The House of Commons will hold its first mid-session speaker election since 1986 on Tuesday, with MPs set to gather in Ottawa for the event. The new speaker, regardless of their party affiliation, will have the responsibility of acting as an impartial adjudicator of parliamentary business, ruling on matters of privilege, points of order and procedure, keeping debate running smoothly, and imparting confidence by demonstrating a deep understanding of the rules (oh, and of course recalling everyone’s riding name, which is no small feat). We have a detailed account of what to expect on Tuesday and the potential impact on regular business of this unanticipated parliamentary tangent.
What to expect on Tuesday
Parliamentary business will begin as usual at 10:00 am on Tuesday. But, instead of kicking the day off with routine proceedings, the Dean of the House Louis Plamondon (BQ) will give a brief speech from the Speaker’s Chair before turning it over to the candidates for speaker who will be granted time for a five-minute speech to promote their candidacy.
After speeches, members will cast secret ranked ballots to elect the new speaker. They will rank speaker candidates in order of preference and if a majority result isn’t found on the first round, the candidate with the fewest votes will be struck from the contest and the second choice for ballots supporting their bid will be added to the tally until a winner is elected. Members will then head to the Senate for inaugural proceedings to make the new speaker’s position official.
If the regular business of the House resumes between 2:00 pm and 4:00 pm, the chamber will proceed directly to Statements by Members, Question Period, and then Routine Proceedings. With the potential to start as late as just before 4:00 pm, those activities could run well into the evening. And then it’s back to normal … at least, on paper.
Disruptions to other business
First, it’s important to think through possible day-of disruptions to the election itself. Members of Parliament could potentially be required in the chamber from 10:00 am until the end of Question Period, which could end around 5:15 pm if Statements by Members start right before 4:00. The uncertainty around the timeframe for the day’s events and the requirement for members to be present to elect a new speaker could bar members from booking new or carrying out scheduled meetings or other business.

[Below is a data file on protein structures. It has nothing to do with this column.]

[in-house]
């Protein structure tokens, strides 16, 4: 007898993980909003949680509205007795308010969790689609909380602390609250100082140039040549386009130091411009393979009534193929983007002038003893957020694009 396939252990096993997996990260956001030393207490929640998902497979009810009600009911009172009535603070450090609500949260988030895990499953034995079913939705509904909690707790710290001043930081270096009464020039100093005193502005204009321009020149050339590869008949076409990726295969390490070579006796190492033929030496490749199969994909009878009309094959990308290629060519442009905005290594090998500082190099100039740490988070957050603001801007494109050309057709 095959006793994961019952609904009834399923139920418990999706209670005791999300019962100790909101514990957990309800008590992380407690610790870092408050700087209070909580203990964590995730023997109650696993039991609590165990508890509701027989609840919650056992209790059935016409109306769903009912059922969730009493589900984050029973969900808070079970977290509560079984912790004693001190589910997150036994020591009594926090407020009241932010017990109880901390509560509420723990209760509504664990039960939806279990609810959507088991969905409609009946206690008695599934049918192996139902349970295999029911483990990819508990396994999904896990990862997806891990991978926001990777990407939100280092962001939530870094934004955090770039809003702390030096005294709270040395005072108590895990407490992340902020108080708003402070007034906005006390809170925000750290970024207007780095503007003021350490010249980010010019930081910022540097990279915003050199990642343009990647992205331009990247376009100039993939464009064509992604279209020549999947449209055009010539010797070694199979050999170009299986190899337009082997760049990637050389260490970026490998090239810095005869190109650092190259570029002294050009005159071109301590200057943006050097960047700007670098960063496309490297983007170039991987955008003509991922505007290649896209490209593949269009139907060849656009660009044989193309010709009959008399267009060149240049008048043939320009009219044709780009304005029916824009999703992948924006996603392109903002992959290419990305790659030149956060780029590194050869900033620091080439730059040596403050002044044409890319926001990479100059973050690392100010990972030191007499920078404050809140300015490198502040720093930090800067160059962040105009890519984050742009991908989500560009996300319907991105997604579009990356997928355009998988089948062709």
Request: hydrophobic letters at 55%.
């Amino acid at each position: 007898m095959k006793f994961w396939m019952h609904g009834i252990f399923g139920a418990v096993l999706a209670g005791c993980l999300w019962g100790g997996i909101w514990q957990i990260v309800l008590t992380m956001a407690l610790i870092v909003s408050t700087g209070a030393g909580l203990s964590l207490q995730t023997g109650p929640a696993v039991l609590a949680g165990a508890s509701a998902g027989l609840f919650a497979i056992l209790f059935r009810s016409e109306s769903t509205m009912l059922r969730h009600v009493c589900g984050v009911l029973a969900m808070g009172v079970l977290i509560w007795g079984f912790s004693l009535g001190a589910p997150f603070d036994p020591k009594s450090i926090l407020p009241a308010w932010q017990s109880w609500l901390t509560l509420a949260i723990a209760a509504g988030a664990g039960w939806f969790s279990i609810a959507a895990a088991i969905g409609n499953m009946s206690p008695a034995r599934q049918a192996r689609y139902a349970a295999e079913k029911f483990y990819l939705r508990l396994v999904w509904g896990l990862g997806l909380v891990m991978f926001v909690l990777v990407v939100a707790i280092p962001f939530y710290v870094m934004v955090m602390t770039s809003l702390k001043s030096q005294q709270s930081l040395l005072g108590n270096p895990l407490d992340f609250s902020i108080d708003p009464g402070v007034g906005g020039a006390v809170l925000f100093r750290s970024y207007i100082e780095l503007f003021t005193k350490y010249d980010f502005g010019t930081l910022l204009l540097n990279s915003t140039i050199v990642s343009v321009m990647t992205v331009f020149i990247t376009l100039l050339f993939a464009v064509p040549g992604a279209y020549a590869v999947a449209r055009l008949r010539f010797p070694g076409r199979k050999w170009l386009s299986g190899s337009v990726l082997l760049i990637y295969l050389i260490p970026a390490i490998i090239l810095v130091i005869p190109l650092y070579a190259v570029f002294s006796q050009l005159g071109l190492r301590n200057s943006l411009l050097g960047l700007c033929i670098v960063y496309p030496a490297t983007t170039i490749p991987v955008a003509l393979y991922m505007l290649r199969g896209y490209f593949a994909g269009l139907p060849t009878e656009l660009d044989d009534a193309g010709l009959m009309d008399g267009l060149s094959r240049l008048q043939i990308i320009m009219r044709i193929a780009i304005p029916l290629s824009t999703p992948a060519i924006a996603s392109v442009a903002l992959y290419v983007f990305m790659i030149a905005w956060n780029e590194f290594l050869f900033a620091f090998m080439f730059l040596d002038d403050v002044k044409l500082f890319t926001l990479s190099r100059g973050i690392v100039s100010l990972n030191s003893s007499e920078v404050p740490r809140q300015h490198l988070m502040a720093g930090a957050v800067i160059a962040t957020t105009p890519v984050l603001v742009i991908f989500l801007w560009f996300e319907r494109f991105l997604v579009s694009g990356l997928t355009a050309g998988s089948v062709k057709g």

Committee work may also be up in the air for Tuesday, with many committees’ usual meeting times scheduled throughout the morning and afternoon. Depending on timing, those regular meetings could be cancelled Tuesday or rescheduled for later in the day, but that’s the prerogative of individual committees.
The government will have to push to get its legislative agenda back on track after delays from the speaker’s election and debate around the former speaker’s resignation.
The biggest and most long-term outcome of this speaker election could occur if the House elects a new speaker from an opposition party. While the speaker is meant to (and historically does) act impartially, this government is arguably against the ropes, facing dogged critiques from the Official Opposition. The election of a speaker from the Conservative side of the aisle could result in a more lenient approach from the Speaker in adjudicating raucous debate aimed at the government in the House. Conversely, it could mean CPC MPs are a little more likely to observe the rules of the House when it is their caucus colleague enforcing them. It could end up being a little of both, depending on the day.
Whatever the outcome of the speaker election, process nerds can take some solace in being privy to this rare parliamentary event.